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effect of the Fourteenth Amendment remains wholly untouched, and it may, therefore be worth while to examine briefly some of the considerations and authorities relative to it.

The first section of the Fourteenth Amendment provides that “No State shall make or enforce any law which shall abridge the privileges or immunities of citizens of the United States; nor shall any State deprive any person of life, liberty, or property, without due process of law, nor deny to any person within its jurisdiction the equal protection of the laws.”

Taking up the particular provisions of the amendment, two classes of restrictions are imposed, the one protecting the privileges and immunities of citizens of the United States, and the other ensuring to all persons due process of law and the equal protection of the laws.

The equal protection of the laws obviously requires, and has always been interpreted as requiring, only that all persons shall be treated alike without distinction, and cannot possibly be infringed by the nature of a proceeding to which all persons within the jurisdiction are equally subjected, or by a decision as to the facts in a particular case. If it were alleged that a law were disregarded A it might be an assertion of a violation of this right, but a decision made in executing a law cannot be a violation.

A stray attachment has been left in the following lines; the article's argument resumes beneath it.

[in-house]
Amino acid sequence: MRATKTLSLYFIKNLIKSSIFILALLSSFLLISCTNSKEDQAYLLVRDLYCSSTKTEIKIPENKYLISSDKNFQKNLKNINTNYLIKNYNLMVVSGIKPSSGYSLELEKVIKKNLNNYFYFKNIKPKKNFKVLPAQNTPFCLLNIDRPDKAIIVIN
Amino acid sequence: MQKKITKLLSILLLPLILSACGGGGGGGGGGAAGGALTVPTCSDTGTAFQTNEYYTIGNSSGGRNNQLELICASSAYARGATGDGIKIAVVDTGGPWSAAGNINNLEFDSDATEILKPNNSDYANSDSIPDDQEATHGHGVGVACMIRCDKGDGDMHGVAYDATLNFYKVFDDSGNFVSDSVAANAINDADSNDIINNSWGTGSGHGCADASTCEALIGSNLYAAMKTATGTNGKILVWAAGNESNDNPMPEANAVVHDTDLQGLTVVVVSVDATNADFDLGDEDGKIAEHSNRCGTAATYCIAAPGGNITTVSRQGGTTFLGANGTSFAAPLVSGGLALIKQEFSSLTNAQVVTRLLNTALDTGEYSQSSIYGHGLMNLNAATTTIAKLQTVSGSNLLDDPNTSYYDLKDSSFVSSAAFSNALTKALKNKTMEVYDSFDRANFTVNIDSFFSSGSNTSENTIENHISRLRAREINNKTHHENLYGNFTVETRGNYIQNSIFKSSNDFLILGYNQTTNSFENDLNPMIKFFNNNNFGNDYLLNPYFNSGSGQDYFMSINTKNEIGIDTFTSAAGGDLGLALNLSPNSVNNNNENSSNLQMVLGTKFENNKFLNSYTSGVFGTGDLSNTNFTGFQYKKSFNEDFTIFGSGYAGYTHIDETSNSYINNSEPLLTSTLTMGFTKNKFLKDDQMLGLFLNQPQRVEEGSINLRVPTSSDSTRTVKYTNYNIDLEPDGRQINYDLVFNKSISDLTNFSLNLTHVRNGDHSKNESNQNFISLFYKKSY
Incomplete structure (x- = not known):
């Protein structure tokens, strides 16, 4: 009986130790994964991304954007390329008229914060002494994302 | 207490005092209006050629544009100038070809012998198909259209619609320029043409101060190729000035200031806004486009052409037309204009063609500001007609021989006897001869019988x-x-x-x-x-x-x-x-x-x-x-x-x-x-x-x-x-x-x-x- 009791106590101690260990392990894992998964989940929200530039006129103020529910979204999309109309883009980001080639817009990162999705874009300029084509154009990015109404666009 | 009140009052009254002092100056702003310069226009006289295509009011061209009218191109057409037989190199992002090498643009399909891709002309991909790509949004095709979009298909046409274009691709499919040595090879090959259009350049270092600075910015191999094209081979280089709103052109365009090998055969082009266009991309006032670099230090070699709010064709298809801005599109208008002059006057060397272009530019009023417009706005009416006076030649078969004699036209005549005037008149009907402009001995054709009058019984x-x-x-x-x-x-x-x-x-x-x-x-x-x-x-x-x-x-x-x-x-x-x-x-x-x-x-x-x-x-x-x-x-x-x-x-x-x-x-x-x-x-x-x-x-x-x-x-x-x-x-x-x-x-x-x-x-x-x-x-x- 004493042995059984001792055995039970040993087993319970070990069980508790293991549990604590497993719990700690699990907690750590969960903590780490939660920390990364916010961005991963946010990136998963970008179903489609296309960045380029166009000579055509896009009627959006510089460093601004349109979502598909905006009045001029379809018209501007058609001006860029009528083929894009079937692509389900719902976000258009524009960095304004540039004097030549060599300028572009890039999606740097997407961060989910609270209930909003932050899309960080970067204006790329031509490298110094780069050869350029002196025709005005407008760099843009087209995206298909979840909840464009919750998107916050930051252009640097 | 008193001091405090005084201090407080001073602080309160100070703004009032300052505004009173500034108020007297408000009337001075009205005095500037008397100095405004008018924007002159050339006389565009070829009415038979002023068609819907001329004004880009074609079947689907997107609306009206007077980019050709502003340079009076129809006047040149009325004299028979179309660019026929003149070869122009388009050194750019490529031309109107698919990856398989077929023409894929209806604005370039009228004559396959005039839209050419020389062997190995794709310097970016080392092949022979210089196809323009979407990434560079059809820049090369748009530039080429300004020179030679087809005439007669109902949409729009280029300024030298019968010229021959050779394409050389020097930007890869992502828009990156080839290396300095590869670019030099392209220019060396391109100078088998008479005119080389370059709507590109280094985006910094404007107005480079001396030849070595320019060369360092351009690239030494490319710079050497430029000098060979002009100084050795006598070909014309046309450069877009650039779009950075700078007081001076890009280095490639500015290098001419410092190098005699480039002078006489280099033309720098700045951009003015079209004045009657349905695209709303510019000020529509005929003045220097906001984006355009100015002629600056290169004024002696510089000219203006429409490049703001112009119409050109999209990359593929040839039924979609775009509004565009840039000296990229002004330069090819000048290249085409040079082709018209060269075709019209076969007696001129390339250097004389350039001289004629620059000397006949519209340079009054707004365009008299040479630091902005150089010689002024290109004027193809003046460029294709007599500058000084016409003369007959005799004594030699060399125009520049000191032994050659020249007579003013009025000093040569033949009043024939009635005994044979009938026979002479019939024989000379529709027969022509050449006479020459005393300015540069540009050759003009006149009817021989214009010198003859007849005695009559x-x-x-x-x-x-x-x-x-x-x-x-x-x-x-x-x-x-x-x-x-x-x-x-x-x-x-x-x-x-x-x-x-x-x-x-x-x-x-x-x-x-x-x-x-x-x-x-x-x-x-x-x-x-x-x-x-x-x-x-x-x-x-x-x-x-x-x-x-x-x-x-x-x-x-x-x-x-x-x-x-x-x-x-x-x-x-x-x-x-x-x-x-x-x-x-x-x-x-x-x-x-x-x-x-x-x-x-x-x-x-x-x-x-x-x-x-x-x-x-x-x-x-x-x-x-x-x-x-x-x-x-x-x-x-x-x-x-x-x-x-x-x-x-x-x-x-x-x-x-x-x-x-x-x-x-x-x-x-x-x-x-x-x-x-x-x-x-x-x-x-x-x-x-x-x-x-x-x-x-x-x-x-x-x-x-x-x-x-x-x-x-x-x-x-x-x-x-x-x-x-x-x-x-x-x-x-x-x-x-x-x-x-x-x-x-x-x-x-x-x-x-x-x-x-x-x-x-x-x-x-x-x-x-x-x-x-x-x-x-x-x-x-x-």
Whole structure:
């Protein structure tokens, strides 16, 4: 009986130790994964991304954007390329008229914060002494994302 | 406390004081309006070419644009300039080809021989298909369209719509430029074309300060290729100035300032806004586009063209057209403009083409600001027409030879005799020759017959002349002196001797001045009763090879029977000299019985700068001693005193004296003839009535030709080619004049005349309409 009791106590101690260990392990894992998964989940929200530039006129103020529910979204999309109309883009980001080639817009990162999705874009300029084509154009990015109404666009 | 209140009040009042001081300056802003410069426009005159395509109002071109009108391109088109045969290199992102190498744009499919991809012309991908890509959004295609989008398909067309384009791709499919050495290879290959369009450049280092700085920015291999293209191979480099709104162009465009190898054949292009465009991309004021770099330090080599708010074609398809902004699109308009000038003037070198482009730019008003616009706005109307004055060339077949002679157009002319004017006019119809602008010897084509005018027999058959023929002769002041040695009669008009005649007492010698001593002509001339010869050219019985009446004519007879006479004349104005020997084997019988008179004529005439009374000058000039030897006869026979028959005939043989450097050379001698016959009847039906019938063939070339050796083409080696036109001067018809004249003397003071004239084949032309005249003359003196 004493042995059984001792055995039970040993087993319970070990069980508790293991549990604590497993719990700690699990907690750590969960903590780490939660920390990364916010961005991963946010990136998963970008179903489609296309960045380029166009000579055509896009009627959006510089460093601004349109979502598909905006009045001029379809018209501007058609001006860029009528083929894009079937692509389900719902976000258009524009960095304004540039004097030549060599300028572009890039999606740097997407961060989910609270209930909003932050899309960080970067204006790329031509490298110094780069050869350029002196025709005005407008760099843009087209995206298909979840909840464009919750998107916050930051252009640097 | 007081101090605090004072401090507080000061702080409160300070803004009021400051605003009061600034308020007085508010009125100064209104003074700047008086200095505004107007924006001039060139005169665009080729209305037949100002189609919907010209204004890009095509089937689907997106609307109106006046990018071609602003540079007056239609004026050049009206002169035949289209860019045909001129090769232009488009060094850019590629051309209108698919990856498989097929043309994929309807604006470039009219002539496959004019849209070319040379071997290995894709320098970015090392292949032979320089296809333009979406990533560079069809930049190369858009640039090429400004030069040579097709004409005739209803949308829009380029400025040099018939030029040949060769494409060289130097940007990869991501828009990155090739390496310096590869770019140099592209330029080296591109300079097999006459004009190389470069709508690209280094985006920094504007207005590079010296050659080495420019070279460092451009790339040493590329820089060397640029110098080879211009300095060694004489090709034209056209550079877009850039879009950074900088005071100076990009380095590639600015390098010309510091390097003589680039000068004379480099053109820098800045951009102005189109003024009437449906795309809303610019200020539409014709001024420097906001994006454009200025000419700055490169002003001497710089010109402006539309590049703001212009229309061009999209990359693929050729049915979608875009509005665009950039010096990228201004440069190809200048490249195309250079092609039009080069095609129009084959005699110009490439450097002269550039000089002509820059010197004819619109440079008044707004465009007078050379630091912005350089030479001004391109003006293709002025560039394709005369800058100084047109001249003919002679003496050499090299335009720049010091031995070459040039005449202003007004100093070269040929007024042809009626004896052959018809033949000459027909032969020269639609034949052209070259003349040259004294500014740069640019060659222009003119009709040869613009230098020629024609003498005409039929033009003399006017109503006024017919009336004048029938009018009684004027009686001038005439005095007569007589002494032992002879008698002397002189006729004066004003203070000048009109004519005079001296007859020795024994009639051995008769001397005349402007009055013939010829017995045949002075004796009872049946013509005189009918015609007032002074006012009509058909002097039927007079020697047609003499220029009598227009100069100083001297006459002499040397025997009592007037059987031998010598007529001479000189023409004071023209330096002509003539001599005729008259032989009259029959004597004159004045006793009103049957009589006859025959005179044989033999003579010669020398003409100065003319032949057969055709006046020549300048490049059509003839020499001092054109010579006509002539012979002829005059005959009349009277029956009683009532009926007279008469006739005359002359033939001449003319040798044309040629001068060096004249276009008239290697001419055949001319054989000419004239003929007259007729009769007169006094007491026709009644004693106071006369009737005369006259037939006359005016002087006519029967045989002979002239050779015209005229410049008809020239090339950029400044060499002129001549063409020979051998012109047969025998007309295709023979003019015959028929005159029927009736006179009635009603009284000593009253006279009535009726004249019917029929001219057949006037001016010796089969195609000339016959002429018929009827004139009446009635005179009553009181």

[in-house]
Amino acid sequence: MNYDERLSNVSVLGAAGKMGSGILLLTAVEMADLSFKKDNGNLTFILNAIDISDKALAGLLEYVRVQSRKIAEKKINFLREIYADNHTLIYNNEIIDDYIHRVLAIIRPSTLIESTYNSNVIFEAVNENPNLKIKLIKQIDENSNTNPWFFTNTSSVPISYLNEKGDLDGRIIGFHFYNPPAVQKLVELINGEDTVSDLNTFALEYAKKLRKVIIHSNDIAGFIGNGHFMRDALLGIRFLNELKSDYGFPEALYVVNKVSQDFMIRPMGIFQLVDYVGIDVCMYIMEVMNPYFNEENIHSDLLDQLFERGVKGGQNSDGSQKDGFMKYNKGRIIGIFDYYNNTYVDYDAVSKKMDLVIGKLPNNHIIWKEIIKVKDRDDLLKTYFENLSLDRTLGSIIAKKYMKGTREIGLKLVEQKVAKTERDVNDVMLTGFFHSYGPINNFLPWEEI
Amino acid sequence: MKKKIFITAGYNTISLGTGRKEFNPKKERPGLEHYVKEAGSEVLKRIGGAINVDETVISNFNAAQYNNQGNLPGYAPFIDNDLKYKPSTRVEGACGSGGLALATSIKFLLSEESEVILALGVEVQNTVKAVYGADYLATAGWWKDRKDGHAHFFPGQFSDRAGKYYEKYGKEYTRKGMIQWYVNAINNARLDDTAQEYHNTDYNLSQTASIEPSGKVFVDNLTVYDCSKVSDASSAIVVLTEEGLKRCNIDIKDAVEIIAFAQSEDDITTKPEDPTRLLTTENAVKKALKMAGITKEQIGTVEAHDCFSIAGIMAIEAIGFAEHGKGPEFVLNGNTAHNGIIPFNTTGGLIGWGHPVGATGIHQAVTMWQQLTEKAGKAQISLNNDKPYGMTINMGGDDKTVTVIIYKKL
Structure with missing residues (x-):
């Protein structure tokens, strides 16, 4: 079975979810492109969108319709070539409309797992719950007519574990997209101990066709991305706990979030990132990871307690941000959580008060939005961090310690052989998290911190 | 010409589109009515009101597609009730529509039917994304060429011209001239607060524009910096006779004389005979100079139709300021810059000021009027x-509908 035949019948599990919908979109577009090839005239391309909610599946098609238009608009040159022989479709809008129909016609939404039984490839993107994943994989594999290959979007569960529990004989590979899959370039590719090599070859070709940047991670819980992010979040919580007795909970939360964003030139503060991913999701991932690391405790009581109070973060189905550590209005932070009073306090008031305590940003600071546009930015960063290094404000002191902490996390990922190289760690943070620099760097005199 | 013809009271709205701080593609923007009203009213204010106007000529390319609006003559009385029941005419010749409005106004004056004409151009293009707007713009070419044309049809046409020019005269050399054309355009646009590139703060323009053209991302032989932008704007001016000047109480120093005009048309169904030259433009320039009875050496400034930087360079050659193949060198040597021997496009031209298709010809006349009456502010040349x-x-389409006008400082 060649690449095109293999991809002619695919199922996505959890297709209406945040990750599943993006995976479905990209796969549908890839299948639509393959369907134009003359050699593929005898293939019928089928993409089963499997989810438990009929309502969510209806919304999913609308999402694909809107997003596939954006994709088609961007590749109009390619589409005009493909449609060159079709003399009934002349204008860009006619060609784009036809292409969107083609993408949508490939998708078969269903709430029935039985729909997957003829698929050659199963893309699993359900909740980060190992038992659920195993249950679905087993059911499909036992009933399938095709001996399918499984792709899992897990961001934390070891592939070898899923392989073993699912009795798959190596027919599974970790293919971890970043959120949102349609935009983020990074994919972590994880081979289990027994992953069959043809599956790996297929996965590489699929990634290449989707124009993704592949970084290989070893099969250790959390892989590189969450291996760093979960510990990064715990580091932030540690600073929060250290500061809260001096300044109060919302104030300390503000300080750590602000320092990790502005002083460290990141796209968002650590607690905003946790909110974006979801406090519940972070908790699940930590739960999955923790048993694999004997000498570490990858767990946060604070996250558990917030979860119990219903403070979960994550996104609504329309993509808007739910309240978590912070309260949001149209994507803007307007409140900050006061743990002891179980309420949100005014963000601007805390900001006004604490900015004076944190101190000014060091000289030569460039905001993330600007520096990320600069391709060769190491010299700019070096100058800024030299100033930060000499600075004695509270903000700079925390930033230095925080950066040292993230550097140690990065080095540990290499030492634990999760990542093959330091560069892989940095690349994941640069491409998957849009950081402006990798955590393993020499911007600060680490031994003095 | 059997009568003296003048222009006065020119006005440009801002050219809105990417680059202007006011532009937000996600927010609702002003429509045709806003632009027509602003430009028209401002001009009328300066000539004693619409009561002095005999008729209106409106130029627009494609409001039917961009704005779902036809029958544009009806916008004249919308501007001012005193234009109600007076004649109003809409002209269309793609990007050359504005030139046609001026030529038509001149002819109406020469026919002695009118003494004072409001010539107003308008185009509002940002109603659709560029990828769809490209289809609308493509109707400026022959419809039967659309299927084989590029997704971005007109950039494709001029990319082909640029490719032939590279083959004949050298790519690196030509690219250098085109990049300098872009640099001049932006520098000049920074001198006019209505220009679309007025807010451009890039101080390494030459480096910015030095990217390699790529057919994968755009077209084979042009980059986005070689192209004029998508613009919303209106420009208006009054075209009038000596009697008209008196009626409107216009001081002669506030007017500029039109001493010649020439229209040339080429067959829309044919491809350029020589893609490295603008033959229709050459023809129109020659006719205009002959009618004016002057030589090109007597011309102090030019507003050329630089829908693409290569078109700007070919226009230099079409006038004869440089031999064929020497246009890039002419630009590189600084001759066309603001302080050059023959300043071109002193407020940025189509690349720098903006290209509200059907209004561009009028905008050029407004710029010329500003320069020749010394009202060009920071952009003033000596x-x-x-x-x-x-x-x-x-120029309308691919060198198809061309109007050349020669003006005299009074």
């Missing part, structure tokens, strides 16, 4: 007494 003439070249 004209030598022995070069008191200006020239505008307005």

It has never been asserted that the privileges and immunities protected were all those that a citizen of the United States might have; that a privilege once created could never be affected by State action, as, for example, by that of the State creating it. It is only those that belong to a man because he is a citizen of the United States that are rendered inviolable; but what these privileges are has been a subject of grave divergence of opinion. It was on this point that the Supreme Court was chiefly divided in the Slaughter-House Cases, 16 Wall. 36. The majority, concurring in the opinion of Mr. Justice Miller, seem to have thought that only privileges expressly created by the Constitution, more especially those political rights given by the Thirteenth, Fourteenth, and Fifteenth Amendments, were in question. On the other hand, Mr. Justice Field expressed the view, in which Mr. Justice Swayne concurred, that certain fundamental privileges and immunities, such as inhere in the citizens of all free States, rights akin to those referred to by Mr. Justice Washington in Corfield v. Coryell, 4 Wash. C. C. 371, were included; and fol-